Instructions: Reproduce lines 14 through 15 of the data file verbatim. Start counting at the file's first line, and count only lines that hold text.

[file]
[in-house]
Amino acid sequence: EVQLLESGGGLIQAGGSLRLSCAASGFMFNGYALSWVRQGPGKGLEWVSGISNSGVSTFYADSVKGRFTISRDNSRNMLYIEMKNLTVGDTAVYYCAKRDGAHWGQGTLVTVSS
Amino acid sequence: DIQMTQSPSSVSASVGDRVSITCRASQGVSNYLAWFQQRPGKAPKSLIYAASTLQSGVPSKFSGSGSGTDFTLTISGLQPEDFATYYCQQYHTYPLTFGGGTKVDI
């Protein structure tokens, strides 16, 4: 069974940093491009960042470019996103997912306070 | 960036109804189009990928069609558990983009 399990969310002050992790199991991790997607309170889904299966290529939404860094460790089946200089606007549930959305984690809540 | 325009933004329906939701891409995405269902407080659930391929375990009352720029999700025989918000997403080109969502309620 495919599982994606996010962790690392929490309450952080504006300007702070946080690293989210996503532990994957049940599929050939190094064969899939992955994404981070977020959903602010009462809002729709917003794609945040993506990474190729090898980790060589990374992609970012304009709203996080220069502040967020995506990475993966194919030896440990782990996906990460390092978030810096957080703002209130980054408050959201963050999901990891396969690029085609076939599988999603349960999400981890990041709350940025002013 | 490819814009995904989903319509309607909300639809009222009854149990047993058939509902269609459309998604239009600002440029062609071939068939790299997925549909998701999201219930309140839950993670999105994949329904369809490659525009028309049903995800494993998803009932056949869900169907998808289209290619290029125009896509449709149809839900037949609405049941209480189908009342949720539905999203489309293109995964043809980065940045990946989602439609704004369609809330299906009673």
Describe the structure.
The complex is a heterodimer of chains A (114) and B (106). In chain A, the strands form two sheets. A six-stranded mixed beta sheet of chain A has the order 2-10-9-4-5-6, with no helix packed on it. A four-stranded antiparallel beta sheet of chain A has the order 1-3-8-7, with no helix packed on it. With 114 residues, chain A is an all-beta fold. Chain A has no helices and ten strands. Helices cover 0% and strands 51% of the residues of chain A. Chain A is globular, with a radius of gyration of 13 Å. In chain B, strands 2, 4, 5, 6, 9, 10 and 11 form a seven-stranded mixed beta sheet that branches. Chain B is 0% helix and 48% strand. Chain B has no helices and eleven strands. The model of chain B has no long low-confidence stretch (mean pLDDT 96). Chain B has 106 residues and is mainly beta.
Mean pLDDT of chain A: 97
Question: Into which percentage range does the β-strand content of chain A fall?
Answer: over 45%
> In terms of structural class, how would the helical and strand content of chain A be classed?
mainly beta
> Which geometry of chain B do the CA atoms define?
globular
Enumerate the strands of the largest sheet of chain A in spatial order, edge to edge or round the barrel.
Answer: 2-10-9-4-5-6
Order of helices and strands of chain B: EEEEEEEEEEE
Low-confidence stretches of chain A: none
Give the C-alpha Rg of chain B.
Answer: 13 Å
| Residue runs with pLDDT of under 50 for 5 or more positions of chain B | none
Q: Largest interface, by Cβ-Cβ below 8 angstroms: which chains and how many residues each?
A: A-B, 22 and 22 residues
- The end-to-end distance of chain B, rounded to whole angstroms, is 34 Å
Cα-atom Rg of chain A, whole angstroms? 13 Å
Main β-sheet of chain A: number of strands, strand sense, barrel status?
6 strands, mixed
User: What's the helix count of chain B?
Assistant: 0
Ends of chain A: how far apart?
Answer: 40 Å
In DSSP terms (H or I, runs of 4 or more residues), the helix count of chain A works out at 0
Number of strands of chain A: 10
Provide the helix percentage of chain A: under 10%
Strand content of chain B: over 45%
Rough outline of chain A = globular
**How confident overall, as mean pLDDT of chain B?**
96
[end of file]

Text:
Enumerate the strands of the largest sheet of chain A in spatial order, edge to edge or round the barrel.
Answer: 2-10-9-4-5-6